Linnaeus’ Philosophia Botanica

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Linnaeus’ Philosophia Botanica Author: Format: Paperback First Published: Published By: Oxford University Press Pages: 432 Illustrations and other contents: halftone frontispiece, numerous line drawings ISBN: 9780198569343 Categories: , ,

Philosophia Botanica (The Science of Botany), by Carl Linnaeus, was originally published in Latin in Stockholm and Amsterdam in 1751. It is a greatly expanded revision of his Fundamenta Botanica (Foundations of Botany) of 1736, summarizing his work on the classification and taxonomy of plants while adding substantial new material. The book represents a critical stage in the evolution of binomial nomenclature, with a single word to describe the genus and another for the species. Special importance is attached to accurate description of the parts of plants, and to the correct use of technical terms. There are also explanations of the effects of soil and climatic conditions on plant growth.

The book includes 10 original engravings, with 167 figures showing the shapes of leaves and other parts of the plant. Six short memoranda describe Linnaeus’ botanical excursions, detailing his ideas for garden and herbarium construction, and outlining what is required of a botanist and his pupils. There are also indexes of technical terms, genera, and subjects. This beautiful book will be highly attractive to botanists and all those interested in the history of science.

The first full translation into English of Linnaeus’ pioneering work, skillfully rendered by Stephen Freer. Paperback. 402pp. Portrait. Facsimile plates.

Weight0.9 kg
All in all this is a delightful and informative translation of a botanical classic...Anyone interested in the history of botany and in teaching botany will enjoy and benefit from reading this book. Plant Science Bulletin, Fall 2005, Vol.51, No.3 Readers of a review commonly wish to know whether the work is worth buying. For this translation the answer is a resounding 'Yes!'. Systematic Biology, Vol. 55 (3):534-536, 2006 "We must be grateful to Stephen Freer and Oxford University Press for bringing us this excellent translation. I urge you not only to buy it but also to read it, because you will enjoy it." Alex S. George, Systematic Biology, Vol. 55, 2006 "Reading this excellent translation of the Philosophia Botanica, . . . historians, botanists and gardeners are among those who will find it fascinating" Jim Endersby, The Times Literary Supplement, March, 2006 "As translator, Freer is in a sense invisible in this work, and yet his hand is on every page, presenting Linnaeus' ideas and teachings to a new and wider audience . . . straightforward and very readable. This translation is an important contribution to science and its history . . ." Charlotte Tancin, Hunt Institute for Botanical Documentation, June 2006. The translator's meticulous attention to detail and the publisher's lavish production cannot be praised too highly. A valuable resource for taxonomists and of great interest to botanists in general and historians of science. * The Naturalist * Linnaeus's Philosophia Botanica is, among other things, a timely reminder of the importance of the classificatory enterprise and the need to continue it. * The Times Literary Supplement * ".. . . reading this excellent translation . . . Reviewers of the hardcopy edition have already heaped praise on Stephen Freer's skilful and meticulous translation. I can only add gratitude for providing easy access to one of Linnaeus's most important texts." (Prof. Pieter Baas, The Linnean, October 2006). "The translator's meticulous attention to detail and the publisher's lavish production cannot be praised too highly." The Naturalist, July 2006 ". . . . . Linnaeus's text of 1751, rendered into a flowing and eminently readable English" and "This book is beautifully produced and well-illustrated. Stephen Freer is to be congratulated on his translation which easily brings 18th century Latin to a modern readership." Dr Mark Newman, Edinburgh Journal of Botany, Dec/Jan. 2006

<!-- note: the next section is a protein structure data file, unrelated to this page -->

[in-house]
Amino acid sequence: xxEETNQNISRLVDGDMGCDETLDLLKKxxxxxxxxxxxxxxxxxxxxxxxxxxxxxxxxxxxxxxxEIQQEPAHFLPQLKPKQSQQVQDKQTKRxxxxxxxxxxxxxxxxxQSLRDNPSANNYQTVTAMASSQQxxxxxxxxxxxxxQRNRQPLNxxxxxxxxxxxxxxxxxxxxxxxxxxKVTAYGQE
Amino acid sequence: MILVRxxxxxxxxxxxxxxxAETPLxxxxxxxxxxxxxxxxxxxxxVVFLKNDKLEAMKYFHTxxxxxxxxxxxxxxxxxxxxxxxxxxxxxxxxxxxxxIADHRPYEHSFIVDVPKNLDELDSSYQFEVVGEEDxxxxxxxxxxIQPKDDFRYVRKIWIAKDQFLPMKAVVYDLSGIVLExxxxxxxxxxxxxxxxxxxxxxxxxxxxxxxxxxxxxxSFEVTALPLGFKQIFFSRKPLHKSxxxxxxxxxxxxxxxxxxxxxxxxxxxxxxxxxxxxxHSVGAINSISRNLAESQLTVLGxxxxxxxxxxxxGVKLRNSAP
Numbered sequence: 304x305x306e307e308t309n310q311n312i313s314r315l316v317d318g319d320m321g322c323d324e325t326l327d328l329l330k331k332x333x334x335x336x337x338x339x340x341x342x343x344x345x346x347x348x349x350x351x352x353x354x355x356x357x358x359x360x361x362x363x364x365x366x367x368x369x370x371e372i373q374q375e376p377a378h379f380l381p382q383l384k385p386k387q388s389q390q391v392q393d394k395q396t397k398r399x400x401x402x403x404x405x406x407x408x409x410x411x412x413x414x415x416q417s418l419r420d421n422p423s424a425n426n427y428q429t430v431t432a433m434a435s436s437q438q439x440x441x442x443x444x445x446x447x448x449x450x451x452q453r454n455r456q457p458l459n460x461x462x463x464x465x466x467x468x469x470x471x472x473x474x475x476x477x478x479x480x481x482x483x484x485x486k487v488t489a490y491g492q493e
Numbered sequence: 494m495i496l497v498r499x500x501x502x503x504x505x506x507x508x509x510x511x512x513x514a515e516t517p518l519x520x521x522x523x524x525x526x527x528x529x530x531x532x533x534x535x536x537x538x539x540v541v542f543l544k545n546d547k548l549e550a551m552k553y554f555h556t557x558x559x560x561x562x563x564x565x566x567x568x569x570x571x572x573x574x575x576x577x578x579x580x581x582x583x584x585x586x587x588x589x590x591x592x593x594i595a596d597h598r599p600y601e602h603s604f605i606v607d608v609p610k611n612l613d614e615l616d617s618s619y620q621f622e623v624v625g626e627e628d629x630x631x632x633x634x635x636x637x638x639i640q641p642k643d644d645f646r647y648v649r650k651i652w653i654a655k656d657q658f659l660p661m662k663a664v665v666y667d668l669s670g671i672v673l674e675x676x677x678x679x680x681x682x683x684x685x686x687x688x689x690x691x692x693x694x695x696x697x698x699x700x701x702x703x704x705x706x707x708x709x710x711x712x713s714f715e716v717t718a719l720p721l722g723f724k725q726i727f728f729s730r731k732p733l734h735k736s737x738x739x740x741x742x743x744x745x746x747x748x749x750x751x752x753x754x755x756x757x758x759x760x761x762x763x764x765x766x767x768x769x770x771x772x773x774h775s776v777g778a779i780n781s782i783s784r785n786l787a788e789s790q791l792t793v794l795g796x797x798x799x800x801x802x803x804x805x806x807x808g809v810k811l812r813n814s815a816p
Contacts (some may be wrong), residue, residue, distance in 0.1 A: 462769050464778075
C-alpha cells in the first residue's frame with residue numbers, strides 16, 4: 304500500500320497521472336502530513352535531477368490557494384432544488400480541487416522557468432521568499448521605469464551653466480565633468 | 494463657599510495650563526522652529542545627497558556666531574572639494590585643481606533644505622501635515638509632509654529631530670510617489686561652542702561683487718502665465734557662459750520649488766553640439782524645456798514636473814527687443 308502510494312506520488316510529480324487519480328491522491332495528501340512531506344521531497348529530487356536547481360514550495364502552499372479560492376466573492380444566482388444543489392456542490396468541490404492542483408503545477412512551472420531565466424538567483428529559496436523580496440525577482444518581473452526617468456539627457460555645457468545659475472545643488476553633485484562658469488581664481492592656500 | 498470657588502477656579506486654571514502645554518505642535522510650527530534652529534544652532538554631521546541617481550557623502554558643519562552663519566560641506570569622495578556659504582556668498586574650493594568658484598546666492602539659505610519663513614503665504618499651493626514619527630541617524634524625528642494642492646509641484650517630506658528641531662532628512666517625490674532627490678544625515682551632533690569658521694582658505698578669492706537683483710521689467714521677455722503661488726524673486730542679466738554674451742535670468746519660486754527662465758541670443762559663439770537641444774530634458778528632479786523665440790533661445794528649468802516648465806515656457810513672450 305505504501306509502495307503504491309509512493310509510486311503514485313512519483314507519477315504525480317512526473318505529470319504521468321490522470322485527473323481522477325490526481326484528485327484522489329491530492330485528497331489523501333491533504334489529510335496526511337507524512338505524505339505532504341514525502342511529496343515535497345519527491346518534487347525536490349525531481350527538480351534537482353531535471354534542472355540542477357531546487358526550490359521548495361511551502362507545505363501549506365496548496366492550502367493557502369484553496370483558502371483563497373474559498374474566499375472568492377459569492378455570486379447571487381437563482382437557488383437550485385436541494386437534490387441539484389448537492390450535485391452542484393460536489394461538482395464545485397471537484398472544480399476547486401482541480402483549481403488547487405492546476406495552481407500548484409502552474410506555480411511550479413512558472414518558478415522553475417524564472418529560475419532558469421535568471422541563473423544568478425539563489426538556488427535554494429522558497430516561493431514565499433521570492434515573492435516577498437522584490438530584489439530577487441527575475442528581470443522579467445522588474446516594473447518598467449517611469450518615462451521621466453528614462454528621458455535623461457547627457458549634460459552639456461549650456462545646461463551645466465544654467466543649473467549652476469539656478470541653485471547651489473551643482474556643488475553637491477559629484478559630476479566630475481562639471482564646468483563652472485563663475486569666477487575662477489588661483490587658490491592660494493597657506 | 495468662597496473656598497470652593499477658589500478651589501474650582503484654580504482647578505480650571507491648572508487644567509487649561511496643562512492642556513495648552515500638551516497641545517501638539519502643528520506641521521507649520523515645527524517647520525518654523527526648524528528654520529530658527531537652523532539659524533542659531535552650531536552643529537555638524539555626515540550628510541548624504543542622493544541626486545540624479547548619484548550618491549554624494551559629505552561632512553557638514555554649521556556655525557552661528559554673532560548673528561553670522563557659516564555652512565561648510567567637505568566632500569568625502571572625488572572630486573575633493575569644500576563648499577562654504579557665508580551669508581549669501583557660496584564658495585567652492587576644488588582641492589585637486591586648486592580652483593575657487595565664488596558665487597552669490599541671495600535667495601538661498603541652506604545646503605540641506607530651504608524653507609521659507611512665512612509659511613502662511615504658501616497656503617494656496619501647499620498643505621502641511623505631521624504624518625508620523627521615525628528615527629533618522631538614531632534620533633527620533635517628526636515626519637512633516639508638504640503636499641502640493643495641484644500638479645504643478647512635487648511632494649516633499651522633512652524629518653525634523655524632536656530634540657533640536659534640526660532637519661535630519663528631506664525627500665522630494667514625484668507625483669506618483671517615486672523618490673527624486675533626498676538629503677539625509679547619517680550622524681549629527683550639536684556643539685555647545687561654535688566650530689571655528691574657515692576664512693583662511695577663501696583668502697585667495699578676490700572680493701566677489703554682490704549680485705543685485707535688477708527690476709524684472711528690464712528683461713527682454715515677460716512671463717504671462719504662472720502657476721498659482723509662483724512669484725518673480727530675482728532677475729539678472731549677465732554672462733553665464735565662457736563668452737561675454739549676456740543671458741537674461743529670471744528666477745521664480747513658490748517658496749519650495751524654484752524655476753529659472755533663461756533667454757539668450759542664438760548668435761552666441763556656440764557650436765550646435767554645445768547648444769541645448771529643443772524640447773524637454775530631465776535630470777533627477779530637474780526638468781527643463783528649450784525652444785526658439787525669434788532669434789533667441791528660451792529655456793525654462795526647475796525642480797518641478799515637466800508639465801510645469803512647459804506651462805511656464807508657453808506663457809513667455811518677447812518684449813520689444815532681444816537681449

Author Biography

Stephen Freer is a fellow of the Linnean Society of London.